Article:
New soil test hopes to increase land sustainability

Australian scientists think they may be on track to developing a soil test that can indicate how to unlock the biological potential of the soil and lead to more sustainable use of soil internationally.


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The researchers, from the Commonwealth Scientific & Industrial Research Organisation (CSIRO), claim that with further investigation they can develop a test that can analyse the state of land – indicating whether it is improving, stable or getting worse.

The tests are to be developed through investigation of the micro-organisms and natural chemical processes that control soil functions. “We know what’s in the soil – we just don’t know precisely what it does, how all these creatures and processes interact, exactly how they combine to recycle nutrients and energy within the soil,” explains Dr Matt Colloff of CSIRO Entomology.

Over the next three years the CSIRO research team will analyse genes of microbes in the soil that yield the natural chemicals, which unlock soil nutrients. “What we are testing for is whether key genes in nutrient cycling processes are present and being expressed,” Dr Colloff told edie. If, for example, ammonia is not being converted into soil nitrate then they predict they can identify if the soil is lacking in some area. Through such investigation the scientists hope to develop tests that will analyse landscape and be of benefit to land managers.

These tests should give farmers and other land managers a realistic measure of whether their management tactics are making the situation better or worse for the first time, commented Dr Steve Rogers of CIRSO Land and Water. The team feel these tests will be of benefit to many business processes, predicting that it would be of assistance to mining companies, national parks, environmental authorities as well as to farmers. They hope the tests will help to identify areas of their management scheme that need to change, eventually increasing land sustainability.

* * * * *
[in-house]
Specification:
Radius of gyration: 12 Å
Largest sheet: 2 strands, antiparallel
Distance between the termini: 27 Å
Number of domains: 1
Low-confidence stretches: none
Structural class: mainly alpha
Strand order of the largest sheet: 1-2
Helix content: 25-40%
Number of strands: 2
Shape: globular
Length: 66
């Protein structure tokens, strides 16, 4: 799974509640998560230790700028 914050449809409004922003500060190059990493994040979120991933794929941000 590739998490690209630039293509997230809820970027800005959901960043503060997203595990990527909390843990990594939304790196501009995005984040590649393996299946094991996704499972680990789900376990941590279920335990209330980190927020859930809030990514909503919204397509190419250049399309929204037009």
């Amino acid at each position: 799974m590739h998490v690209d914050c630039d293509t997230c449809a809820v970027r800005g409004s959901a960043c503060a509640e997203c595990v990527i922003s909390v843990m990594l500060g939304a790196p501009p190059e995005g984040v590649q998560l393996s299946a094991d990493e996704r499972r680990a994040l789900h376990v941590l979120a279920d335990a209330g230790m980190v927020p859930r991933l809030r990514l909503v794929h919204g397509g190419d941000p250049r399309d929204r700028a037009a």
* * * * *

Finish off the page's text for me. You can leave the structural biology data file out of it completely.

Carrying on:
“We would see that our test would give as comprehensive a picture of soil biogeochemical processes as is possible to get at present,” Dr Colloff claimed.

Although the research group plan on the tests being available internationally, as well as in Australia, there are no plans yet on what format the tests will take or on how they will be marketed to international consumers.

© Faversham House Ltd 2022 edie news articles may be copied or forwarded for individual use only. No other reproduction or distribution is permitted without prior written consent.

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